(Quebec) CEGEPs accuse Quebec of “fiddling” in its study programs and of indirectly imposing Bill 101 on the college network. Amendments presented by the government in its reform of the Charter of the French language will cost “millions” and job losses, they warn.
The Minister responsible for the French Language, Simon Jolin-Barrette, tabled an amendment to Bill 96 on Wednesday to require students in English-speaking CEGEPs to take three courses given in French in order to obtain their college diploma.
The president and director general of the Fédération des cégeps, Bernard Tremblay, is concerned that the government “plays in college training without specialists reacting and bringing different points of view”.
“There shouldn’t be a fiddling in training without a discussion and an overview of the collateral effects,” he says. A first consequence of this amendment, he said, would be to deprive teachers of English CEGEPs who are not able to teach their subject in French.
CEGEPs also accuse Minister Simon Jolin-Barrette of transforming the English college network into a “scapegoat” for the anglicization of Quebec. The government proposes to cap the proportion of students enrolled in English CEGEPs at a maximum of 17.5% of the total places in the college network, with no possibility of growth.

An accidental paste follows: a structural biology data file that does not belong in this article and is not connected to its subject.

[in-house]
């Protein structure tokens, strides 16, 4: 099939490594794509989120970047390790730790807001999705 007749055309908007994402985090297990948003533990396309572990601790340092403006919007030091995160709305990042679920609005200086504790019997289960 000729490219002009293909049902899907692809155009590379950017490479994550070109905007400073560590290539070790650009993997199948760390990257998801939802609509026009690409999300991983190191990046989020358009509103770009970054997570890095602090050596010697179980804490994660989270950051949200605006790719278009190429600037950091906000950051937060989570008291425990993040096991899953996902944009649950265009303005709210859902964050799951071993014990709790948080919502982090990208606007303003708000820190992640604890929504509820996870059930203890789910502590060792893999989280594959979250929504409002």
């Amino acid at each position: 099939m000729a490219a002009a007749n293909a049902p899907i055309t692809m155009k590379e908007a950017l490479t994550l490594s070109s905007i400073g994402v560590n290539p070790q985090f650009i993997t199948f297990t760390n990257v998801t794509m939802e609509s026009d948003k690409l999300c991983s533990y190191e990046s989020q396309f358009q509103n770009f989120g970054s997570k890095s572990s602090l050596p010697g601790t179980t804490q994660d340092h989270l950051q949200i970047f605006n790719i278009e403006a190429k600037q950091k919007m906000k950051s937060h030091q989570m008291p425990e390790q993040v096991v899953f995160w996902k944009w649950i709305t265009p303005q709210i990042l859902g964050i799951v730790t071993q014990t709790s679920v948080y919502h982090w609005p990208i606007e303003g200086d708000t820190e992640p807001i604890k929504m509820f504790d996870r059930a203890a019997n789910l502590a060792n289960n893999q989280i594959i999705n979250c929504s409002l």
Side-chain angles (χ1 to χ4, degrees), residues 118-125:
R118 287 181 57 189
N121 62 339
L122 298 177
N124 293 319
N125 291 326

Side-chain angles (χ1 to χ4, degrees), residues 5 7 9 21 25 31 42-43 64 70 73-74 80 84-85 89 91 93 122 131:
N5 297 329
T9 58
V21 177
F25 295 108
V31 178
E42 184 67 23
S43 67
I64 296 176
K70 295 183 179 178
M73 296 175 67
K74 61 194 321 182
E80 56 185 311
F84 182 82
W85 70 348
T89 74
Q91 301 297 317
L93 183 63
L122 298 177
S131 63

“The proposed amendment seeks to enshrine this freeze clearly in law. The proposed measure will make it possible to quickly reverse the historical trend of the decline of the French-speaking network and to promote the French language as the normal language of higher education in Quebec”, justifies the minister’s office.
A “hypocritical” way of doing things
Visiting Dawson College, an English-speaking CEGEP in downtown Montreal, on Thursday, Liberal Party leader Dominique Anglade gave a clear indication that her party will not support the Minister responsible for Language’s Bill 96. French, Simon Jolin-Barrette. According to her, the staffing freeze that the government wishes to impose is “hypocritical on the part of the Coalition avenir Québec”.
The parliamentary leader of the Parti Québécois, Joël Arseneau, for his part affirmed Thursday that the amendments presented by Simon Jolin-Barrette “will not make it possible to prevent the decline of the French language”.
“We are certain that the measures which had been announced as strong are in fact half measures and then, unfortunately, will not give the expected results,” he said.
The head of Québec solidaire, Gabriel Nadeau-Dubois, has still not decided whether he would support the government’s proposal, saying that at the very least we must find “a better balance” between the French and English college network.